State & local taxes. IRS has provided safe harbors allowing a deduction for certain payments made by a C corporation or a "specified pass-through entity" to or for the use of a charitable organization if, in return for such payment, they receive or expect to receive a state or local tax credit that reduces a state or local tax imposed on the entity. Such payment is treated as meeting the requirements of an ordinary and necessary business expense. For tax years beginning after Dec. 31, 2017, the TCJA limits an individual's deduction to $10,000 ($5,000 in the case of a married individual filing a separate return) for the aggregate amount of the following state and local taxes paid during the calendar year: (1) real property taxes; (2) personal property taxes; (3) income, war profits, and excess profits taxes, and (4) general sales taxes. This limitation does not apply to certain taxes that are paid and incurred in carrying on a trade or business or a for-profit activity. An entity will be considered a specified pass-through entity only if: (1) the entity is a business entity other than a C corporation that is regarded for all federal income tax purposes as separate from its owners; (2) the entity operates a trade or business; (3) the entity is subject to a state or local tax incurred in carrying on its trade or business that is imposed directly on the entity; and (4) in return for a payment to a charitable organization, the entity receives or expects to receive a state or local tax credit that the entity applies or expects to apply to offset a state or local tax described in (3), above, other than a state or local income tax.
Personal exemption suspension. IRS provided guidance clarifying how the suspension of the personal exemption deduction from 2018 through 2025 under the TCJA applies to certain rules that referenced that provision and were not also suspended. These include rules dealing with the premium tax credit and, for 2018, the individual shared responsibility provision (also known as the individual mandate). Under the TCJA, for purposes of any other provision, the suspension of the personal exemption (by reducing the exemption amount to zero) is not be taken into account in determining whether a deduction is allowed or allowable, or whether a taxpayer is entitled to a deduction.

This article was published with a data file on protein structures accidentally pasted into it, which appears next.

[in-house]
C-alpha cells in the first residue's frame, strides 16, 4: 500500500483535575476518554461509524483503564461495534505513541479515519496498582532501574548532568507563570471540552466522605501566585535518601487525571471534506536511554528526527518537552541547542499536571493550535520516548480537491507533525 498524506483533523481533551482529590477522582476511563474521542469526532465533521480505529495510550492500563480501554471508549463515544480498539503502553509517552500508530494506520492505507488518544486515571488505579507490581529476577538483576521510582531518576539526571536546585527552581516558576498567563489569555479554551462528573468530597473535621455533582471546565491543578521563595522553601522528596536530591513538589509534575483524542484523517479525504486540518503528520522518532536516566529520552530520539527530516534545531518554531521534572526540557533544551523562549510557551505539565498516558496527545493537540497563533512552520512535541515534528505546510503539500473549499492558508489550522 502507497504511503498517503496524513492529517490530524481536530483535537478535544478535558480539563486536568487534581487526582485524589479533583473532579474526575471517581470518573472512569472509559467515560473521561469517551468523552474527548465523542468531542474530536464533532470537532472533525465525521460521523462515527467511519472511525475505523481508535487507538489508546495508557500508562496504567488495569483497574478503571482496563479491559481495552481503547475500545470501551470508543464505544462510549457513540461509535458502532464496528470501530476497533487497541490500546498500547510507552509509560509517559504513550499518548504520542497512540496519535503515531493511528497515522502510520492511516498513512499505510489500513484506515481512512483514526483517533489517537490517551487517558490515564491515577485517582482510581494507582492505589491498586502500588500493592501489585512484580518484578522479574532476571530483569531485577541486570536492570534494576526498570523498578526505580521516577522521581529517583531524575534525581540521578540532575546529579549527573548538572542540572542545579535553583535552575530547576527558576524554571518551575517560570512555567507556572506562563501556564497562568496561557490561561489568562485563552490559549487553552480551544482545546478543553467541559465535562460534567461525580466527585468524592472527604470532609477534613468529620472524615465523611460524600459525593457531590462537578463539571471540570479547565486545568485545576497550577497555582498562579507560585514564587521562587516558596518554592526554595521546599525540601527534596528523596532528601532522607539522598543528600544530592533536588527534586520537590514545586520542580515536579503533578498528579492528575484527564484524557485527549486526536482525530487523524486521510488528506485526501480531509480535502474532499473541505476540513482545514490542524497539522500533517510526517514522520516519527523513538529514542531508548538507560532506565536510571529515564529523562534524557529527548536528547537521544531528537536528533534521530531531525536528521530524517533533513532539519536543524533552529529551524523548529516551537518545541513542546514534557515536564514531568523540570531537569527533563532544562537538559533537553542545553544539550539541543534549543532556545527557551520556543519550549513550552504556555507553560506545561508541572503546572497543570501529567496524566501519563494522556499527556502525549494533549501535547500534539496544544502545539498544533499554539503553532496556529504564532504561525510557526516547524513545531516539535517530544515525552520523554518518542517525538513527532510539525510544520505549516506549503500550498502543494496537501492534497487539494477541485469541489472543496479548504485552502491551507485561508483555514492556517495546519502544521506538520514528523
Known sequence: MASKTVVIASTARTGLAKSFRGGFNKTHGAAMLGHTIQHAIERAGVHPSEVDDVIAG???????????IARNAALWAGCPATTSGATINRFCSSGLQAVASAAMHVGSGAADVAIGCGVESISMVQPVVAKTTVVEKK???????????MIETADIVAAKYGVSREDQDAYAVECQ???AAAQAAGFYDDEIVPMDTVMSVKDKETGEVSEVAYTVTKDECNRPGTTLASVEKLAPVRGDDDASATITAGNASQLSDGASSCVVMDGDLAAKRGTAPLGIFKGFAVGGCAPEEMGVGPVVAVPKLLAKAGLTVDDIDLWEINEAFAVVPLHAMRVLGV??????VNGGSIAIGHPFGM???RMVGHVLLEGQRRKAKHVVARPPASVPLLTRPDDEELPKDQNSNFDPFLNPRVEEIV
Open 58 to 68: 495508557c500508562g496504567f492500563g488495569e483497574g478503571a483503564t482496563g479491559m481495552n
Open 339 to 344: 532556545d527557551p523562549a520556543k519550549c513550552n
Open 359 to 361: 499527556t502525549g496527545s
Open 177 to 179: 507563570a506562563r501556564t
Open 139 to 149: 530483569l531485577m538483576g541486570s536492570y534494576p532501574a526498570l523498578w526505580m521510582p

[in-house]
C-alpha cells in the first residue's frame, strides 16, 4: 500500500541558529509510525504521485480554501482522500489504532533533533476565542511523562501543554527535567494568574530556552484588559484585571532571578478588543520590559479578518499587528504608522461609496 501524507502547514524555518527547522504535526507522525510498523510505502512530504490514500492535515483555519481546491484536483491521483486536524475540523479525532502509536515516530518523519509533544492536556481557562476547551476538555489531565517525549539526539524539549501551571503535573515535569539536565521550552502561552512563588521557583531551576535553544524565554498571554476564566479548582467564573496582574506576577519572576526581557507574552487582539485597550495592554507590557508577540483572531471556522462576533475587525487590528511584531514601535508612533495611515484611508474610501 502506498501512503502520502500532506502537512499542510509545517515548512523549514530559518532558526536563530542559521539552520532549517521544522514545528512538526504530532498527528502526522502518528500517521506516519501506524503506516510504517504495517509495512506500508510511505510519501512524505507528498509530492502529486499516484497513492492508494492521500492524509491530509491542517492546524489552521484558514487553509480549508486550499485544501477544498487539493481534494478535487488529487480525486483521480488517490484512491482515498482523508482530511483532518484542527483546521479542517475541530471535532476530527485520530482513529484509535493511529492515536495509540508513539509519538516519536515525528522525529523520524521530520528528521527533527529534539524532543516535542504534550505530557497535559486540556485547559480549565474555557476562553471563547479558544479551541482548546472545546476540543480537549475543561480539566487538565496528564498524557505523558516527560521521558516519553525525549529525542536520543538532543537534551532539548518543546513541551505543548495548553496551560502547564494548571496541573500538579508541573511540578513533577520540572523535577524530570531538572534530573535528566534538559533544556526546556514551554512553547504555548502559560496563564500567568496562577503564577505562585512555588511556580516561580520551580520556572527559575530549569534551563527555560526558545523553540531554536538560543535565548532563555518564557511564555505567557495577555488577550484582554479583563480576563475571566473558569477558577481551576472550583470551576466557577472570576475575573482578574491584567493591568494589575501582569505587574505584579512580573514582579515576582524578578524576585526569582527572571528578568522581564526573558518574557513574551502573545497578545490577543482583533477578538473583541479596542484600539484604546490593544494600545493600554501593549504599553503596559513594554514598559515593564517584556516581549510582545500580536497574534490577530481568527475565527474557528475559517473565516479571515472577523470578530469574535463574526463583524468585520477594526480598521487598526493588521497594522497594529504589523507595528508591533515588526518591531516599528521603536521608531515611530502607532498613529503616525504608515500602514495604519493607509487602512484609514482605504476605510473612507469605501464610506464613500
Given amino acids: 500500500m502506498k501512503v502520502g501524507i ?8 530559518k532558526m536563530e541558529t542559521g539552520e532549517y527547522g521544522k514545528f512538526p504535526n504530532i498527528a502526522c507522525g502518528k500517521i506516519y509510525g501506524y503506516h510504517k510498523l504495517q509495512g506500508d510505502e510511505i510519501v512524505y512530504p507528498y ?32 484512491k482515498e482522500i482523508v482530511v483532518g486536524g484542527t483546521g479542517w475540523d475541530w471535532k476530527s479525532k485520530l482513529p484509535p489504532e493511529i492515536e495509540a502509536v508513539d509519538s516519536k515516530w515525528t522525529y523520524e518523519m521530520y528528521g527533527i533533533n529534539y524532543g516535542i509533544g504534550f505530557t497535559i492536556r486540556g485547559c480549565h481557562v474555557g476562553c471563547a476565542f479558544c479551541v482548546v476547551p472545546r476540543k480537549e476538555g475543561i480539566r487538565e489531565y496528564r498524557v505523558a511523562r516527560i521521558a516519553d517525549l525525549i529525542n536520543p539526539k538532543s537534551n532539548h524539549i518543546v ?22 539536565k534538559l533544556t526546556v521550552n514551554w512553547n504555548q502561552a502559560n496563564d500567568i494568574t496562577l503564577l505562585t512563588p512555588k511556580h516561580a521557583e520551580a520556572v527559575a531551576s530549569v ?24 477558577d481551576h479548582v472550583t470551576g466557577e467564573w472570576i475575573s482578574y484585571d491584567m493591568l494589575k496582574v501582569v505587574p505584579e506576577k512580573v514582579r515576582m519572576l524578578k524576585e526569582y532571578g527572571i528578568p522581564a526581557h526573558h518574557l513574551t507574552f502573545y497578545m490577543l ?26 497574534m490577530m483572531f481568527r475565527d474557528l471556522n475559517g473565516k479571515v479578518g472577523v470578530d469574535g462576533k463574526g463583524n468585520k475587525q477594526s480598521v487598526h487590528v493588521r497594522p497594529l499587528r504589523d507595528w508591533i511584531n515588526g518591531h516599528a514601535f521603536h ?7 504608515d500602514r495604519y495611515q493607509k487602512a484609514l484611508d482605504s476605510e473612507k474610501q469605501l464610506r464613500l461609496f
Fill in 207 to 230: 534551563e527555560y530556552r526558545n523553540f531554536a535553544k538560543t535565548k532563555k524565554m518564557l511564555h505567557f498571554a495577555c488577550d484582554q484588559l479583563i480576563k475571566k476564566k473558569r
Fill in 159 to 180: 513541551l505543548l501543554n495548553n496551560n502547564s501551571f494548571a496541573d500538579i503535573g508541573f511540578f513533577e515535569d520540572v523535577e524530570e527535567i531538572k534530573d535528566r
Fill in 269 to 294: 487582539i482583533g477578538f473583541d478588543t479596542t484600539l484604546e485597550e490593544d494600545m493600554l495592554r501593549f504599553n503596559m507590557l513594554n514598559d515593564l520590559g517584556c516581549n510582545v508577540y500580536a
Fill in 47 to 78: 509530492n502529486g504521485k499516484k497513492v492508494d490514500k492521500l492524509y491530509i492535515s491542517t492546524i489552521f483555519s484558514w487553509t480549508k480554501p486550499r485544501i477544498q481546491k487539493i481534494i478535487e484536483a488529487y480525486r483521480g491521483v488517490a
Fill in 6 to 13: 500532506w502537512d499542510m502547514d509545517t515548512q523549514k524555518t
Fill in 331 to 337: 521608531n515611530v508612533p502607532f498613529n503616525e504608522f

Limitation on deducting business interest expense. IRS has provided a safe harbor that allows taxpayers to treat certain infrastructure trades or businesses (such as airports, ports, mass commuting facilities, and sewage and waste disposal facilities) as real property trades or businesses solely for purposes of qualifying as an electing real property trade or business. For tax years beginning after Dec. 31, 2017, the TCJA provides that a deduction allowed for business interest for any tax year can't exceed the sum of: (1) the taxpayer's business interest income for the tax year; (2) 30% of the taxpayer's adjusted taxable income for the tax year; plus (3) the taxpayer's floor plan financing interest (certain interest paid by vehicle dealers) for the tax year. The term "business interest" generally means any interest properly allocable to a trade or business, but for purposes of the limitation on the deduction for business interest, it doesn't include interest properly allocable to an "electing real property trade or business." Thus, interest expense that is properly allocable to an electing real property trade or business is not properly allocable to a trade or business, and is not business interest expense that is subject to the interest limitation.

December 26, 2018

US Expatriate and Nonresident Estate Planning

If you are a expatriate and have assets in the USA or are a US nonresident with assets in the USA it can save you substantial legal expenses, time and taxes to do the proper estate planning.  If you have assets abroad outside of the USA it also is wise to plan for the disposition of those assets under the laws of the country where they are located.  Though some countries may recognize the US estate planning documents and techniques, many do not and best to plan for your foreign assets disposition upon your demise under the local law and using documents recognized under that foreign law,
What are the steps Involved in US estate planning?Identify your goals for creating an estate plan: Do you want to provide for your family, protect assets, prepare for incapacity, take control of your legacy, or do all of the above?
  1. List the asset you want to include in your plan: When making a plan, you need to consider all of the money and property you own either independently or jointly.